# An API endpoint. The `plugin.api_operation` object is a FastAPI app."/plugins/toot_debug/{id}")
async def toots_debug(id: int):
    toot = core.Toot.get_by_id(id)
    if toot is not None:
        print(json.dumps(toot.orig_dict, indent=2))
    # Feedback that the button was clicked. This 
    # will replace the text of the button.
    return responses.HTMLResponse("<div>💯</div>")

# A UI plugin. The bits of HTML are included into the `/index` response.
def get_response(toot: core.Toot, context: plugins.RenderContext) -> responses.Response:
    return responses.HTMLResponse(f"""
        <button hx-post="/plugins/toot_debug/{ }">🪲</button>

That provides an API endpoint, as well as a bit of HTML that instructs how the API endpoint is incorporated into the application.

My Confusion

I think of APIs like UNIX-style CLI programs — a collection of tiny parts that are easy to combine in ways the creators never thought of. Plugin systems, on the other hand, are defined by their composability. Monoliths generally aren’t composable. I’m describing HTMX as monolithic because I tend to push all program logic into the backend, all in once place.

The problem is, I wasn’t comparing against just REST APIs, I was comparing against React + REST.

graph LR React-->API-->React

So, while an API might be extremely composable on it’s own, the combination of React + an API isn’t just monolithic, it’s a monolith split across a distributed system. And those are extremly non-composable.

Individual React components are very composable. But when you combine the requirements that I need, spanning the full stack, you find yourself in what I like to describe as a distributed system, since state is split between the client and server.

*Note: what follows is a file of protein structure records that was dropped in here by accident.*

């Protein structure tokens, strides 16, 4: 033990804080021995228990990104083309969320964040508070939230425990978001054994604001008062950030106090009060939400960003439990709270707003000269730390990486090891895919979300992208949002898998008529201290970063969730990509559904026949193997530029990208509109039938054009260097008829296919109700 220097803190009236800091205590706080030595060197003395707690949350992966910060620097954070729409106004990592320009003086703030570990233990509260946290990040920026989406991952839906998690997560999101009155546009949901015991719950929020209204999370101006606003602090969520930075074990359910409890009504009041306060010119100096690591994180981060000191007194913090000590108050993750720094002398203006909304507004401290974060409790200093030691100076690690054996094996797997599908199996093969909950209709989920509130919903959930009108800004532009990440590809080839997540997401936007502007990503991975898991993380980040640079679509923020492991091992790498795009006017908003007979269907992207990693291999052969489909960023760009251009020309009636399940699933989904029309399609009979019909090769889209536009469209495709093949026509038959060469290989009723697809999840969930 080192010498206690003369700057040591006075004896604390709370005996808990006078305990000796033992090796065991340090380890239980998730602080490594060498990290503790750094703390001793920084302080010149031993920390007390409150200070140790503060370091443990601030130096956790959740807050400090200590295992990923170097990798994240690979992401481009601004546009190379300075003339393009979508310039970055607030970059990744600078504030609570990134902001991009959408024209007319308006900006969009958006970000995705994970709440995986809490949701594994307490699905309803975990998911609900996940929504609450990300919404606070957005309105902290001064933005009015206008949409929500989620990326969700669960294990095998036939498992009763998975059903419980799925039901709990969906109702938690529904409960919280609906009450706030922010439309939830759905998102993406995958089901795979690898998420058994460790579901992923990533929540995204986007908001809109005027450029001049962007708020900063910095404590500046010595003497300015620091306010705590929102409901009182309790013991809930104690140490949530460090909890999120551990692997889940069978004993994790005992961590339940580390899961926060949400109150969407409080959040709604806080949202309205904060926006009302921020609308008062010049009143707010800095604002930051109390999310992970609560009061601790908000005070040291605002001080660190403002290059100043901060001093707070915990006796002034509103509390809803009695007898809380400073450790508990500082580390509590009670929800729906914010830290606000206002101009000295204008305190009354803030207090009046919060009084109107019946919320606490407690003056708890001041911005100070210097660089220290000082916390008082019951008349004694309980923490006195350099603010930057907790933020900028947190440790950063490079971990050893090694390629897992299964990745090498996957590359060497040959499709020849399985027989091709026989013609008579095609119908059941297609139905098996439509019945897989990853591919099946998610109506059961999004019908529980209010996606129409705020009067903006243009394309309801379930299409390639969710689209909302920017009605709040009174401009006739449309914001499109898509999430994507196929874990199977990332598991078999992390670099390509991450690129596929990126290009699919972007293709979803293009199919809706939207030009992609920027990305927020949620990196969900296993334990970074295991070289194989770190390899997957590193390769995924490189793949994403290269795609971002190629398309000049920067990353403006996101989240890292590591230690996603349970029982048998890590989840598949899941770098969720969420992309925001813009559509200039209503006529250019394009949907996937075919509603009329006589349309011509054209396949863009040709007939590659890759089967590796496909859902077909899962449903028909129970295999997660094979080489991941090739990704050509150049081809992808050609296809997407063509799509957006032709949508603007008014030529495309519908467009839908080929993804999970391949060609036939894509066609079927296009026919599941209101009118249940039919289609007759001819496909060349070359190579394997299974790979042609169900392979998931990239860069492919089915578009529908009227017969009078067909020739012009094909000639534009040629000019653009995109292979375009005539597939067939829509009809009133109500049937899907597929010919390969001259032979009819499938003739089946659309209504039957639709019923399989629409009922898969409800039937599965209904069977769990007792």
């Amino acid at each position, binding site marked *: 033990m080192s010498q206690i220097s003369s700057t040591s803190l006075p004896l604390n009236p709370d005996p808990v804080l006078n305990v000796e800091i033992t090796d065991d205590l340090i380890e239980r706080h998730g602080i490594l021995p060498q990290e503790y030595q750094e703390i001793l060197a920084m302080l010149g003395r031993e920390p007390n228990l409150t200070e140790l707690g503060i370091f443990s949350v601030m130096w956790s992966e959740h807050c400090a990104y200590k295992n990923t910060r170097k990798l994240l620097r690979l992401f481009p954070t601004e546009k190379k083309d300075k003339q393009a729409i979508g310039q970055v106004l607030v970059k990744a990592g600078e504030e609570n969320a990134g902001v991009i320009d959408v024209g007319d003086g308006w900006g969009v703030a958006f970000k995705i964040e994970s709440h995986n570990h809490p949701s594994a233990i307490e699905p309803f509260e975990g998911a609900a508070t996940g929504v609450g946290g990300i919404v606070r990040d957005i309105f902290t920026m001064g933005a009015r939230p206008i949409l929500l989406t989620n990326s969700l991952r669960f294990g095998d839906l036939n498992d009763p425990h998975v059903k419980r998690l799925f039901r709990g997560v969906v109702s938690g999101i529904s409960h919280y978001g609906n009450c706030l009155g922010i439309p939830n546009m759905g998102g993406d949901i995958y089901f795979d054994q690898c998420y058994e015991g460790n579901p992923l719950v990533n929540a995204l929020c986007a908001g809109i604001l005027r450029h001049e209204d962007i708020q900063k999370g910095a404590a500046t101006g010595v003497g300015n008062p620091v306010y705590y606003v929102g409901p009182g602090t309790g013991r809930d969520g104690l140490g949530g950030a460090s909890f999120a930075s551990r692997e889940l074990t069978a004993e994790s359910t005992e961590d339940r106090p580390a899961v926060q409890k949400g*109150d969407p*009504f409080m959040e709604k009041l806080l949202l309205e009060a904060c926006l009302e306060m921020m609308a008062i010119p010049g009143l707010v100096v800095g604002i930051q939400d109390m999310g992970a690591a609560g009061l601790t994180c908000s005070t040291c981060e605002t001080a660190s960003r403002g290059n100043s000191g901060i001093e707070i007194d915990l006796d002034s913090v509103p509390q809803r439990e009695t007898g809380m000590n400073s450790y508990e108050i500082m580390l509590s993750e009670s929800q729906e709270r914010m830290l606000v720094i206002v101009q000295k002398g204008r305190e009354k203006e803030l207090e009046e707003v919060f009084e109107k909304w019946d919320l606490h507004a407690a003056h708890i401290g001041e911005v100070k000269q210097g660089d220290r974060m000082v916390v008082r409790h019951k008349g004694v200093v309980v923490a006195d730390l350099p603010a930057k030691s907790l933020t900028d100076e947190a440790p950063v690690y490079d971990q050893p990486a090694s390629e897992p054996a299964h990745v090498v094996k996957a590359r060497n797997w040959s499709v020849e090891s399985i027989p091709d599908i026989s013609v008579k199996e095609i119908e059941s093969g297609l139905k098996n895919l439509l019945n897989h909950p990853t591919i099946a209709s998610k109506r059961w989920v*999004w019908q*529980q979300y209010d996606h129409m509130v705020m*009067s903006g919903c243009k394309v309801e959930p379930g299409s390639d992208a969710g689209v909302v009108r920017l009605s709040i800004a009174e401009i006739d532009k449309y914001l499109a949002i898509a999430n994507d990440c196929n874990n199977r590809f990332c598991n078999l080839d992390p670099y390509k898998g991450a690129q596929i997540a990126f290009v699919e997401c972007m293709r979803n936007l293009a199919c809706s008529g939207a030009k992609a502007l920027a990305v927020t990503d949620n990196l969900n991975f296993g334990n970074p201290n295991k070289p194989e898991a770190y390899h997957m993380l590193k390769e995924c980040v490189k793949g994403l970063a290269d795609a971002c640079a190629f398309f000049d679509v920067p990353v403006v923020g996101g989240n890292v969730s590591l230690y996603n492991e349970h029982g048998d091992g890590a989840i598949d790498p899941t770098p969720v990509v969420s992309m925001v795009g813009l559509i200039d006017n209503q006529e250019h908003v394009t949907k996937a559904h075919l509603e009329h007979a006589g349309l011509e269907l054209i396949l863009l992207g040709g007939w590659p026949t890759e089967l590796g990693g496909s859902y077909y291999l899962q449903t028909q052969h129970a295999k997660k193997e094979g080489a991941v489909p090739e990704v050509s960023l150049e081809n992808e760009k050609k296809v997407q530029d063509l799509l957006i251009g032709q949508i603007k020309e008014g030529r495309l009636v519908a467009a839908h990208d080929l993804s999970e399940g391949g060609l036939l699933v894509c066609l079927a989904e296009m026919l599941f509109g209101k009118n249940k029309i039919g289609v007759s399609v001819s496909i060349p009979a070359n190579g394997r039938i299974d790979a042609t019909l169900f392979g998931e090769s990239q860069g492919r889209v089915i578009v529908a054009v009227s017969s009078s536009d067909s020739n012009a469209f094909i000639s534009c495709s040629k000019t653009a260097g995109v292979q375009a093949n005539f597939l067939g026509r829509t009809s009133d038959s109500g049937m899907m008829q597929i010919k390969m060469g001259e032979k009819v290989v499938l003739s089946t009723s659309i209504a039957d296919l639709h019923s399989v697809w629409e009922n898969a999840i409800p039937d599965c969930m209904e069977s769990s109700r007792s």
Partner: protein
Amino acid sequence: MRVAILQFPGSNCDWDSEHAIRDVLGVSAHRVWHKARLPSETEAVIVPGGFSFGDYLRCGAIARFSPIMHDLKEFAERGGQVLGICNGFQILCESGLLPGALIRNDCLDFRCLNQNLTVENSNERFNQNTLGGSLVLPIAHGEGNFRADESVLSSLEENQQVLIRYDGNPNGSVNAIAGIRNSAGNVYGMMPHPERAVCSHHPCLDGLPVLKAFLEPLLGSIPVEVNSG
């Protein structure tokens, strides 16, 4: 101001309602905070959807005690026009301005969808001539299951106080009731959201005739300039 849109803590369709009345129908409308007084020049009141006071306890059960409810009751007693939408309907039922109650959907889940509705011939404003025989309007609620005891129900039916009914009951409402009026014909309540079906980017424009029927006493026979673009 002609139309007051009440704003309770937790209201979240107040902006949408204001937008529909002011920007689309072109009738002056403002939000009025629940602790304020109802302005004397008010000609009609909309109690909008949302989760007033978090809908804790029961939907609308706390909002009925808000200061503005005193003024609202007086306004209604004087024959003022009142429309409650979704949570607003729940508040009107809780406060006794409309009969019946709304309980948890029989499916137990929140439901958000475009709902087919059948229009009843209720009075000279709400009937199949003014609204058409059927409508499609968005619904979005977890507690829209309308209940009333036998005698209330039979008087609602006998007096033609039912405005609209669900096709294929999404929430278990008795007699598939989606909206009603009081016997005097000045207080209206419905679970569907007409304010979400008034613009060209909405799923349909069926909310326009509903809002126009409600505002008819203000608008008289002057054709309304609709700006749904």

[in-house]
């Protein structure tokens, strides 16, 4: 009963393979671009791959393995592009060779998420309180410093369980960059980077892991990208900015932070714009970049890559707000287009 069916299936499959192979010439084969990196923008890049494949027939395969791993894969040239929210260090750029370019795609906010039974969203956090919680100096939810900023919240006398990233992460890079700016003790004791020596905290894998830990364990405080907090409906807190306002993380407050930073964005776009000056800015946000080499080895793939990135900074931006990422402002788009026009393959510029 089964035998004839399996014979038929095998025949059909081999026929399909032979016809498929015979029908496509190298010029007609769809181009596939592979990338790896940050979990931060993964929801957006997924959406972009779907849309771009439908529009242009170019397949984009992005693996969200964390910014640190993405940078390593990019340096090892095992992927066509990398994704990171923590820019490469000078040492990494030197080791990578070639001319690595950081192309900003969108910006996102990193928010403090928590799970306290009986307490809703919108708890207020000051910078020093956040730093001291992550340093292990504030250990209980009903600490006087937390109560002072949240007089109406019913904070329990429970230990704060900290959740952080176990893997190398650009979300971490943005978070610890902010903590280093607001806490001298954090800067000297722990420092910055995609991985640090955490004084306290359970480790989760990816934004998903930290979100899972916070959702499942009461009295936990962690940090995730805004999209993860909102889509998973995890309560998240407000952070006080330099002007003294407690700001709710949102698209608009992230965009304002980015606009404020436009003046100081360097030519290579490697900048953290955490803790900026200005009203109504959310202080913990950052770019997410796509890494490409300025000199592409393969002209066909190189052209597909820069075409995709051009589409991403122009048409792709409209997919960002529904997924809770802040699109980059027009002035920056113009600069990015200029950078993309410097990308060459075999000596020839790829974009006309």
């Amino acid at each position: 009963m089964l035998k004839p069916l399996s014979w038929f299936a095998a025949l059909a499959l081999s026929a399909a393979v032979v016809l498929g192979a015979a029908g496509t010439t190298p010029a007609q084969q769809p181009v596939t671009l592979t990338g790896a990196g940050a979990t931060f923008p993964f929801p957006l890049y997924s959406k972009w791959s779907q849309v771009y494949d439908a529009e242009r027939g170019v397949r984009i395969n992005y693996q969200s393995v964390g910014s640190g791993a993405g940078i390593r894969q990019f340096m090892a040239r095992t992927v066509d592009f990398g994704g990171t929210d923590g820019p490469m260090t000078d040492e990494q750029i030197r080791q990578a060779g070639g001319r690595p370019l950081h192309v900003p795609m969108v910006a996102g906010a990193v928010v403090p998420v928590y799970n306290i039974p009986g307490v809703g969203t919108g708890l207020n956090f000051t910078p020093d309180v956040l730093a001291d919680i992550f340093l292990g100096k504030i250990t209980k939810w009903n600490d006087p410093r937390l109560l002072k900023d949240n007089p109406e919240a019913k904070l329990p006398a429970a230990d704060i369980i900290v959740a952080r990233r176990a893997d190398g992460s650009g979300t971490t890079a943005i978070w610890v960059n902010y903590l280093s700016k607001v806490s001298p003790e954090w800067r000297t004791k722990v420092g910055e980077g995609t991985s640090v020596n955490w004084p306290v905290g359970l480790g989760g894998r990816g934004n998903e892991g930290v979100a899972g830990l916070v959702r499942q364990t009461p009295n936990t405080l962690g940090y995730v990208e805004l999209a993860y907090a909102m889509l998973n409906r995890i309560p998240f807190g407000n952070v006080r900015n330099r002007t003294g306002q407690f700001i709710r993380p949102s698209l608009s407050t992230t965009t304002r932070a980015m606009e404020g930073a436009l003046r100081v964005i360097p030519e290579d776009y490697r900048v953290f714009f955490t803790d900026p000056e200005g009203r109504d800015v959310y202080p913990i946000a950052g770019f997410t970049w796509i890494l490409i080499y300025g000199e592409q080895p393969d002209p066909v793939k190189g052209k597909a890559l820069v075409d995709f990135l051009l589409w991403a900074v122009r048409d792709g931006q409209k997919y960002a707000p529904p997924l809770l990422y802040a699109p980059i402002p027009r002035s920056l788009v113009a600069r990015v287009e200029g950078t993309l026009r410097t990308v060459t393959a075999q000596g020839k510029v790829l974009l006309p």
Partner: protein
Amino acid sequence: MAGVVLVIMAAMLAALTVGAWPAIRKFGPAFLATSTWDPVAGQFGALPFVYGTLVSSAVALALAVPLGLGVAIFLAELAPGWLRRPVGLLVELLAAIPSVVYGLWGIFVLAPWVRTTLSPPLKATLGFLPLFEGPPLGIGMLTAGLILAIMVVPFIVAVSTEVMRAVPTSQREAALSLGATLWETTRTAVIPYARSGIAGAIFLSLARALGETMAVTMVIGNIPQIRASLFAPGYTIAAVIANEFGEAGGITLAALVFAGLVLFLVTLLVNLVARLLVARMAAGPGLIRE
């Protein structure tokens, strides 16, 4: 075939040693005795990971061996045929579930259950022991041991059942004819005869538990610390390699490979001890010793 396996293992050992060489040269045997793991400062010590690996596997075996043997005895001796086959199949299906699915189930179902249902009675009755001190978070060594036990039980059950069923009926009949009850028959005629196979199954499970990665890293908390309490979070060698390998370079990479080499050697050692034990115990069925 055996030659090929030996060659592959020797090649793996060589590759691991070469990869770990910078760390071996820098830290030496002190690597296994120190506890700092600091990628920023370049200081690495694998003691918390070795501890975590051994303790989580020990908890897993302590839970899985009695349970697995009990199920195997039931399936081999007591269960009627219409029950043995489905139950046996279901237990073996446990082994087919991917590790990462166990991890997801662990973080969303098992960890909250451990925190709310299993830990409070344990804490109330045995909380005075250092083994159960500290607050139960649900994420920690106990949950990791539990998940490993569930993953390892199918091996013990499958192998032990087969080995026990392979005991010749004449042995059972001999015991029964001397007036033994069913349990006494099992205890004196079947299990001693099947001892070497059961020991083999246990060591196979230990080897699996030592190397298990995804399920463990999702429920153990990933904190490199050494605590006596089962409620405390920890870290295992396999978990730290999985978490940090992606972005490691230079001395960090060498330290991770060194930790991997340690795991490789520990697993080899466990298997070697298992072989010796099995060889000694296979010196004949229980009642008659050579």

I’ve spent a fair amount of time working with distributed systems. It’s just regular programming, just that everything is harder. Exceptions don’t bubble up, errors can be indistinguishable from latency, systems don’t compose, error handling doesn’t have a single best approach, even retries are harder than they should be.

HTMX as Configuration

Stepping back, it feels like the HTML is more like a configuration language, with instructions for how all the pieces fit together. There is state, but it’s hidden within the engine that interprets my declarative configuration (a.k.a the browser).

Years ago, in .NET and Java, it was popular to use an Inversion of Control container with XML configuration that declared and configured different classes and objects. I think it largely went out of style because it’s complicated, or at least more complicated than it needed to be.

The HTML I write with HTMX feels a bit like IoC configuration, in that describes how all the program components fit together. But it’s more functional, because it also describes how the UI is laid out. When I look at it as configuration, it’s clear why it’s easy to make a plugin system in it. It is a plugin system.


Thinking of HTMX as a sort of configuration helps me understand it’s contributions to program composability. I’m not sure if that helps anyone else, but the entire framework makes more sense to me since I’ve started thinking about it that way. The HTMX site talks about [HTATEOAS][hateaos], which is a different phrasing this — the HTML is the application state.